In planning any calendar printing project, the obvious fact to concentrate to is that each calendar is a time-sensitive product with a built-in distribution deadline. For the standard 2014 calendar, if your calendar shouldn’t be in the end consumer’s arms before January 1, 2014, they could already have discovered an alternate. For a non-standard calendar that deadline could also be sooner (eg., a school-year calendar must be in the person’s arms close to the start of faculty if it is going to be useful to them). Working backwards from this absolute deadline can provide you a good timeline for the entire challenge.
How are you getting your calendars into the top user’s fingers? Are you giving them away? If so, then it should be relatively straight-forward to figure out the distribution logistics and decide by what date you’ll need to have calendars in hand. Or perhaps you might be mailing them out to your customers or members; in that case you just must ensure you enable sufficient time for inserting into envelopes, adding a cover letter, addressing and mailing. Or contemplate having the printer or a neighborhood mailhouse deal with mailing the calendars – it should probably be cheaper and simpler for you. Just be sure you discover out from the printer or mailhouse how much extra time they may need and factor it in.
If, however, you intend to print a calendar and sell it, both as a nonprofit fundraiser or as a profit-making venture, then distribution is a bit more complicated. How much time you need for gross sales depends upon your gross sales technique. Are you promoting at an area competition or other event? If that’s the case, then that provides you a deadline, but remember the fact that you may be better off when you can promote at multiple events, in case attendance or sales at one occasion usually are not what you anticipate. Or possibly you are having volunteers sell calendars to friends and family or door-to-door. If so, you must enable at the least two weeks, and preferably as much as four weeks, since volunteers all have their own different schedules, and some will want reminders and encouragement.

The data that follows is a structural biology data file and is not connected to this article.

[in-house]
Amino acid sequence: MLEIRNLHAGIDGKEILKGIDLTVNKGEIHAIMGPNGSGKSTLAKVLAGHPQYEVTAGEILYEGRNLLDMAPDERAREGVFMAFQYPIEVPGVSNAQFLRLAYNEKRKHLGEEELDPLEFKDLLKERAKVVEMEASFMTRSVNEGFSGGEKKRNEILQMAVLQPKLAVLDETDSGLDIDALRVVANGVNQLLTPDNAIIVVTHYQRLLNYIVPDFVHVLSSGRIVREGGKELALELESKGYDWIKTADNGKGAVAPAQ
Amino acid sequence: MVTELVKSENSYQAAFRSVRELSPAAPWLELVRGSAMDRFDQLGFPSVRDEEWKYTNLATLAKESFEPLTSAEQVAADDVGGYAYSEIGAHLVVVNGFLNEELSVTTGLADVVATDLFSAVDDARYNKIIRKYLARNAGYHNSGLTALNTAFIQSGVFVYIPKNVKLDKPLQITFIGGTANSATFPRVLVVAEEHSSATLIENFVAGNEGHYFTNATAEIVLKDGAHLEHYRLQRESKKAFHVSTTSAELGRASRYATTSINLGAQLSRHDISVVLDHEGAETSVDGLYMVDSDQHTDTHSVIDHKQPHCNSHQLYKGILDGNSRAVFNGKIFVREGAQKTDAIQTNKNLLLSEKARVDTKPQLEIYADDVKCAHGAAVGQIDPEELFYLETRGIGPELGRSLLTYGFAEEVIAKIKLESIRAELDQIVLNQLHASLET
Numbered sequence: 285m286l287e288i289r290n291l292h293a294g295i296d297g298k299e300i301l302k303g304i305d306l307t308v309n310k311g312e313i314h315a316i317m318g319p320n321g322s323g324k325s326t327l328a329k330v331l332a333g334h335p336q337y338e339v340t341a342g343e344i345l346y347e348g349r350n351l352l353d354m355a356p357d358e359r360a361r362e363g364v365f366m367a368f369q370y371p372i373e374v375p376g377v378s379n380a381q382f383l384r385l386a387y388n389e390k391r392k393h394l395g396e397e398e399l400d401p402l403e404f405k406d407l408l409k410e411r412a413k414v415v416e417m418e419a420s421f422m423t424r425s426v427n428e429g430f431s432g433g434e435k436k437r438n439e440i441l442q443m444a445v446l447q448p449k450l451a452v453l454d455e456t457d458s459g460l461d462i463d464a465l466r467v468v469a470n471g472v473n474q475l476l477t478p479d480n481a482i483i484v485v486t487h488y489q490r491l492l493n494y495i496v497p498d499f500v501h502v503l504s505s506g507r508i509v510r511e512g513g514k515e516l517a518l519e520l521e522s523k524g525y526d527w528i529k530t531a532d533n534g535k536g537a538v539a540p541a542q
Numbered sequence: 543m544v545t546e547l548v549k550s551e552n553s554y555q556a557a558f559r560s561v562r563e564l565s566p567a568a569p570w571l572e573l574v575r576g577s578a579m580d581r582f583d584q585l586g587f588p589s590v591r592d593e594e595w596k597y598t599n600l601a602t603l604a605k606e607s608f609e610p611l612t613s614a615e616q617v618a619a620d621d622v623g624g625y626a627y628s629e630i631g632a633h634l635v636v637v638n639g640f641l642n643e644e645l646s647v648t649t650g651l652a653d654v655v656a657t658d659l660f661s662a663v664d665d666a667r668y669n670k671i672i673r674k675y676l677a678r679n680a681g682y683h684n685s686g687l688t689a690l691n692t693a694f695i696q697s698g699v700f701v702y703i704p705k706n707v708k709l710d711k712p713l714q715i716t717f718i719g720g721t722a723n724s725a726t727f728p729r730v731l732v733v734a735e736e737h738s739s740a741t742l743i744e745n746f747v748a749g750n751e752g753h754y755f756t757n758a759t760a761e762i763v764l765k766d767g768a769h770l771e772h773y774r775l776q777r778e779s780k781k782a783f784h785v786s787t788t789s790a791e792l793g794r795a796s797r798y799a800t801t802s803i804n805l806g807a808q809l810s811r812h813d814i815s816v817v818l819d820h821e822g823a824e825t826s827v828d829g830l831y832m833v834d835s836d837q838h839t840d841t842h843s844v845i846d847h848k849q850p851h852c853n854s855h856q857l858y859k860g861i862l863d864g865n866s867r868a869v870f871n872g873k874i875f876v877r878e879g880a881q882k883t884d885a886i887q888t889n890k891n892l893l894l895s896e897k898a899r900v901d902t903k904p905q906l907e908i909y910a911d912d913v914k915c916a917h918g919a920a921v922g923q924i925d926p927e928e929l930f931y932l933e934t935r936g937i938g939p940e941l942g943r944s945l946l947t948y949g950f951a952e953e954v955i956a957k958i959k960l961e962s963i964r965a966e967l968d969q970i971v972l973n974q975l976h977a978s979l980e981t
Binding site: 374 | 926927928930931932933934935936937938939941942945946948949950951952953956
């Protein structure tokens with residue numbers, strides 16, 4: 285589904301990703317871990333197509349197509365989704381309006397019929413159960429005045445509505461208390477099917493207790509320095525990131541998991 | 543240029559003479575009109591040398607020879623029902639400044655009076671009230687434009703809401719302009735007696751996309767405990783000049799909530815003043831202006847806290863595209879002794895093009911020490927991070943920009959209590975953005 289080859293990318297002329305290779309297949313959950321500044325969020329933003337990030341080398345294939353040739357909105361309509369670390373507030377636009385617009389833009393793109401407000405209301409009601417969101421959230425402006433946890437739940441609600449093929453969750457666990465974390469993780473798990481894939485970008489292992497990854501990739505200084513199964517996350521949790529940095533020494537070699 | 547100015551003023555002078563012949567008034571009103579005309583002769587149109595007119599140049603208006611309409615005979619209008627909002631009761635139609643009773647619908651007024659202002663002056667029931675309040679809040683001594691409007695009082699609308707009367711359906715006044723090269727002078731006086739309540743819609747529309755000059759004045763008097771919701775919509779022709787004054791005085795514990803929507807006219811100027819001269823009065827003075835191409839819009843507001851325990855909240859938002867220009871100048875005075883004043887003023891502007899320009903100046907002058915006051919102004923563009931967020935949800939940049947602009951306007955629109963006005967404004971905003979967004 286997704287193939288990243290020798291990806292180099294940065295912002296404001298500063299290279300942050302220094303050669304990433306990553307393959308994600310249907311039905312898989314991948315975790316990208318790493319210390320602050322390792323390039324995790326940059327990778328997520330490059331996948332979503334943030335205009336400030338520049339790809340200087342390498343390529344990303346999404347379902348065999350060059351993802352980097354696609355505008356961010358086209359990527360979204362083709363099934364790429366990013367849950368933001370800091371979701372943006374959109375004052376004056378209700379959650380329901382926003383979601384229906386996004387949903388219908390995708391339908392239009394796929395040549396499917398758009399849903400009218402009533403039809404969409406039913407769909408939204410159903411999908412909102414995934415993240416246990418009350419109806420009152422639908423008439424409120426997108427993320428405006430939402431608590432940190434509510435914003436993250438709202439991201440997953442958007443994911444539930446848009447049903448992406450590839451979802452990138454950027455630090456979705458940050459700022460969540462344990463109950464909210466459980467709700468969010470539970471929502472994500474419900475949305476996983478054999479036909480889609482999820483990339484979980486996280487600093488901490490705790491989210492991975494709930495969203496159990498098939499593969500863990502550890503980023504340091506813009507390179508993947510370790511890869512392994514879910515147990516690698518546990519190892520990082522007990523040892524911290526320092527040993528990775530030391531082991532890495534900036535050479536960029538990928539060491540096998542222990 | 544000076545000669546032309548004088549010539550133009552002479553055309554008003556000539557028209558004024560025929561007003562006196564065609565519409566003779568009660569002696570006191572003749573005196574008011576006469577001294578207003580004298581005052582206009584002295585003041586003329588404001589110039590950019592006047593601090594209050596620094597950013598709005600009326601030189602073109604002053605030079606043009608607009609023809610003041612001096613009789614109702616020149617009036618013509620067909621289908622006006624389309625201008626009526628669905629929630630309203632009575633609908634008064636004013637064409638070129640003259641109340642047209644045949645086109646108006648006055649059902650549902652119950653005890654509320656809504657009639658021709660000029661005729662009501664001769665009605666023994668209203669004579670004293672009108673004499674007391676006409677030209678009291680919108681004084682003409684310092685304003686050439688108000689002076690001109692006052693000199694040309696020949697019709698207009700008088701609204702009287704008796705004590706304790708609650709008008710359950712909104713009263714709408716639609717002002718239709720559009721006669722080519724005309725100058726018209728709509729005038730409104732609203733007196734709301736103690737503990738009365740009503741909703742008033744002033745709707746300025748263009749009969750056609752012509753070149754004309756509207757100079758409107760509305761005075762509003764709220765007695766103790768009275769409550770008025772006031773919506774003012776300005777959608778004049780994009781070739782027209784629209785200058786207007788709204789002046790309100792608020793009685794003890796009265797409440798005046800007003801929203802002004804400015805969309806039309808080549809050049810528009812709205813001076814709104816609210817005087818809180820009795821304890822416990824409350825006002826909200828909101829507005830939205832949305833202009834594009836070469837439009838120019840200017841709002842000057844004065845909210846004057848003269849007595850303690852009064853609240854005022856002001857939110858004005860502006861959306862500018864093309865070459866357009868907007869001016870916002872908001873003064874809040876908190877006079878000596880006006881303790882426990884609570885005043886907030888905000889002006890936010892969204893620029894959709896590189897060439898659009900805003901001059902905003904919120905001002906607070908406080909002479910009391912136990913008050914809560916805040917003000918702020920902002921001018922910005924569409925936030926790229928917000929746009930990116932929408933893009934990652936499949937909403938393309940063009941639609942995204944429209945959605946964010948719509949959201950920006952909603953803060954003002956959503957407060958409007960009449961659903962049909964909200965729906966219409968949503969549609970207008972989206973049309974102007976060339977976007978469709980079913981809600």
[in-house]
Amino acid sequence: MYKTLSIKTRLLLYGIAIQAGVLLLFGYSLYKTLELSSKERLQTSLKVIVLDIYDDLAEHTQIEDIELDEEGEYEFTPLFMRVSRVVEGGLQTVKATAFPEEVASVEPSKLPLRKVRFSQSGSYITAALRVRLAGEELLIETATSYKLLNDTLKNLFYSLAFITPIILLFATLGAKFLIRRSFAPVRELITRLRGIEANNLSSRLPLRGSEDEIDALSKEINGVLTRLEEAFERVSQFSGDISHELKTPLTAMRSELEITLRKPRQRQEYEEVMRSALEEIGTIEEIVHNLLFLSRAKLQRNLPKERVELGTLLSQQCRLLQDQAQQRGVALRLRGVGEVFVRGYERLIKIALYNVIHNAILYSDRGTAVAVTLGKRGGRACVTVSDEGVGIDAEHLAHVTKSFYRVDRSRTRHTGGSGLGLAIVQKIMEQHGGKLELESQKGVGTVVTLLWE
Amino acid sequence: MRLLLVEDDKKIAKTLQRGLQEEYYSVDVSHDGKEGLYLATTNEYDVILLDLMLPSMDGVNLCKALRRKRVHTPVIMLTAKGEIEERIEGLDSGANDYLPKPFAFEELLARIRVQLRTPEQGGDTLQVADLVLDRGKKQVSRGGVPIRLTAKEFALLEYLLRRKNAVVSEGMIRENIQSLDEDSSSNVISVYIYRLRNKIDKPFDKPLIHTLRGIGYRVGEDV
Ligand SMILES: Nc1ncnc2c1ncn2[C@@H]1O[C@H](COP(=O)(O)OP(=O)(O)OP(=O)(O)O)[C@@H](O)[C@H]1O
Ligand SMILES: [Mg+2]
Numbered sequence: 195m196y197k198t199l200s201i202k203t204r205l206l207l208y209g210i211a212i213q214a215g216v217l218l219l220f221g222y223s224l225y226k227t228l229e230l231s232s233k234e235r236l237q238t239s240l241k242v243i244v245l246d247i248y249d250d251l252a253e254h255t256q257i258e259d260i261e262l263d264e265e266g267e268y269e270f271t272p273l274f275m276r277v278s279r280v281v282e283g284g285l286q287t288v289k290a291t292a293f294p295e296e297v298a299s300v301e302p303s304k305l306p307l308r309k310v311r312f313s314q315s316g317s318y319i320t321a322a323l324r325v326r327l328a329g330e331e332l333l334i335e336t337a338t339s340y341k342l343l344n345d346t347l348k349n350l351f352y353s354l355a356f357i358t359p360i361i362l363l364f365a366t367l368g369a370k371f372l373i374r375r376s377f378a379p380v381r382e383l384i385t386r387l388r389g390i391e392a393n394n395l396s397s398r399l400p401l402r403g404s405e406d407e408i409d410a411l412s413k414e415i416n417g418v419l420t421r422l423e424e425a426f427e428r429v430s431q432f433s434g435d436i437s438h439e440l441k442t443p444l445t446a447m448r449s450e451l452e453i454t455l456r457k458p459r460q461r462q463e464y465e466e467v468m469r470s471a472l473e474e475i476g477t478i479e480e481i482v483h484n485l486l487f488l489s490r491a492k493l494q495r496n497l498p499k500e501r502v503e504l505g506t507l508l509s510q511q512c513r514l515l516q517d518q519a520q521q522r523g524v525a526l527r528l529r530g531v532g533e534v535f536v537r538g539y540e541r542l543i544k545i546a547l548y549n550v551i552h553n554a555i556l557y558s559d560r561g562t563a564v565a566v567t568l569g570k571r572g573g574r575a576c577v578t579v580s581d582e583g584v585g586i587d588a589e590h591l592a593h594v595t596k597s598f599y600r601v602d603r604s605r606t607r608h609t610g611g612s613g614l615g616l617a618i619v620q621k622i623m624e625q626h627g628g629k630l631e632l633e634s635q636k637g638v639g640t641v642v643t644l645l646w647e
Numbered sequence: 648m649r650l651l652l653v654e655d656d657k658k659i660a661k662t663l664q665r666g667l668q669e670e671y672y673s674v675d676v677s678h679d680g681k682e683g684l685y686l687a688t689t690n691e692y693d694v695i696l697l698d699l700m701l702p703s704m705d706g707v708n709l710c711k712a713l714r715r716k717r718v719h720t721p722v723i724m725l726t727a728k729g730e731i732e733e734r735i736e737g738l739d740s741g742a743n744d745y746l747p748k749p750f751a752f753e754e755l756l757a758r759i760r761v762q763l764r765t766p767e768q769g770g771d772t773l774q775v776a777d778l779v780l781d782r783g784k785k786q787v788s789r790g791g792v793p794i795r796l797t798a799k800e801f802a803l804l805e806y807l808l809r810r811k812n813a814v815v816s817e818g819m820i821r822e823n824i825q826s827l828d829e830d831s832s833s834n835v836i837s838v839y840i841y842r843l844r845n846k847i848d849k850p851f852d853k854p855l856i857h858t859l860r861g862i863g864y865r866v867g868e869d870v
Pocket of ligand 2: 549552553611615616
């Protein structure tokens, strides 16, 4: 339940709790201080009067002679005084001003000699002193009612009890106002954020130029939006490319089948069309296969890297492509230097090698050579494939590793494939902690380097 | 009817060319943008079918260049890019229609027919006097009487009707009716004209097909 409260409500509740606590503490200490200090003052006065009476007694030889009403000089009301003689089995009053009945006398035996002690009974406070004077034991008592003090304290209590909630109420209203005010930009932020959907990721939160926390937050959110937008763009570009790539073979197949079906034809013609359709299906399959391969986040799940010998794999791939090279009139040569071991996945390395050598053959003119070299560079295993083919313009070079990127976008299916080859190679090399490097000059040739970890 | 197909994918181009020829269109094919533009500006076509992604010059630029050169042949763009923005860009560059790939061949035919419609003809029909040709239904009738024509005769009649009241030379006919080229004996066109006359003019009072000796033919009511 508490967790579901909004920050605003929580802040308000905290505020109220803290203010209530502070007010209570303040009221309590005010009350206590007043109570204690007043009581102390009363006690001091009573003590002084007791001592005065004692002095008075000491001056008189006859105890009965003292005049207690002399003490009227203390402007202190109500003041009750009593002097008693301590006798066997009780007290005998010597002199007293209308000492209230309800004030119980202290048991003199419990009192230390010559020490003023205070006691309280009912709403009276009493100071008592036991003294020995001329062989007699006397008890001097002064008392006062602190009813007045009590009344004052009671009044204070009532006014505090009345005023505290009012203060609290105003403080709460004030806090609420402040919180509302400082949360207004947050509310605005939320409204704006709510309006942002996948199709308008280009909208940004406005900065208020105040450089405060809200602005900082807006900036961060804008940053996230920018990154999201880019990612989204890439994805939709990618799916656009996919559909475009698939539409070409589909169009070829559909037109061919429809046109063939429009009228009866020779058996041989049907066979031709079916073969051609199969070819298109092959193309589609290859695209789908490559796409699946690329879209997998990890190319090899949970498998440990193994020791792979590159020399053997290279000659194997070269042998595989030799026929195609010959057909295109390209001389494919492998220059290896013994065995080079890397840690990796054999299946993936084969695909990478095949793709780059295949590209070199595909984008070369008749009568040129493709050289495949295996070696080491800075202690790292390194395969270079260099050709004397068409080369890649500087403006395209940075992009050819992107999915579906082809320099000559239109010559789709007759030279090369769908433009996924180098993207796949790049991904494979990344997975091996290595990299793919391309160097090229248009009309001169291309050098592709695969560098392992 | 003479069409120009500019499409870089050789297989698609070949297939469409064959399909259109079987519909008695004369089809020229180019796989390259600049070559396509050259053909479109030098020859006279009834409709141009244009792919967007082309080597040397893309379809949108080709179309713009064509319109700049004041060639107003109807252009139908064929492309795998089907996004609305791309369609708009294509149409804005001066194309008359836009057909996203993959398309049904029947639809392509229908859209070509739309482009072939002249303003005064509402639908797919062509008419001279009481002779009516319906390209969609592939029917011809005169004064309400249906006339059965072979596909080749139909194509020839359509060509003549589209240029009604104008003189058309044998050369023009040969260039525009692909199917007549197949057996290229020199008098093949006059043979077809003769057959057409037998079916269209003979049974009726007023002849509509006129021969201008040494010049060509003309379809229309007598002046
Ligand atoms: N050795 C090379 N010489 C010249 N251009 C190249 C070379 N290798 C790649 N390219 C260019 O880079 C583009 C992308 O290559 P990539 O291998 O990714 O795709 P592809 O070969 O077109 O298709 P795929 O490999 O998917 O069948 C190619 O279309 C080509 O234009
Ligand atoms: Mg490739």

If you print a calendar that you plan to sell, it is best to make sure to develop and implement a strong advertising and marketing plan. Advertising doesn’t have so as to add to the general length of the calendar challenge – you’ll be able to and will start advertising through the planning and production levels of the challenge. Nevertheless, in the event you wait to start advertising till you may have the calendars in hand, then you’ll need to permit not less than just a few extra weeks, maybe extra, on your advertising and marketing message to succeed in the supposed audience and encourage them to purchase.
The production part of a calendar printing project begins if you hand off all the photos, text, logos, promoting, and so forth. to the printer, and the printer turns it into calendar art work for you to approve and then puts it on the press and delivers to you the finished product. Be sure to discuss to your printer early on to fins out how long this takes. In our case at Yearbox, it is usually about three weeks (typically sooner when you’ve got a selected deadline). If you anticipate last-minute adjustments or additions, or if you can be proofing by committee, then you must in all probability enable a bit of further time – possibly a month in total – for manufacturing.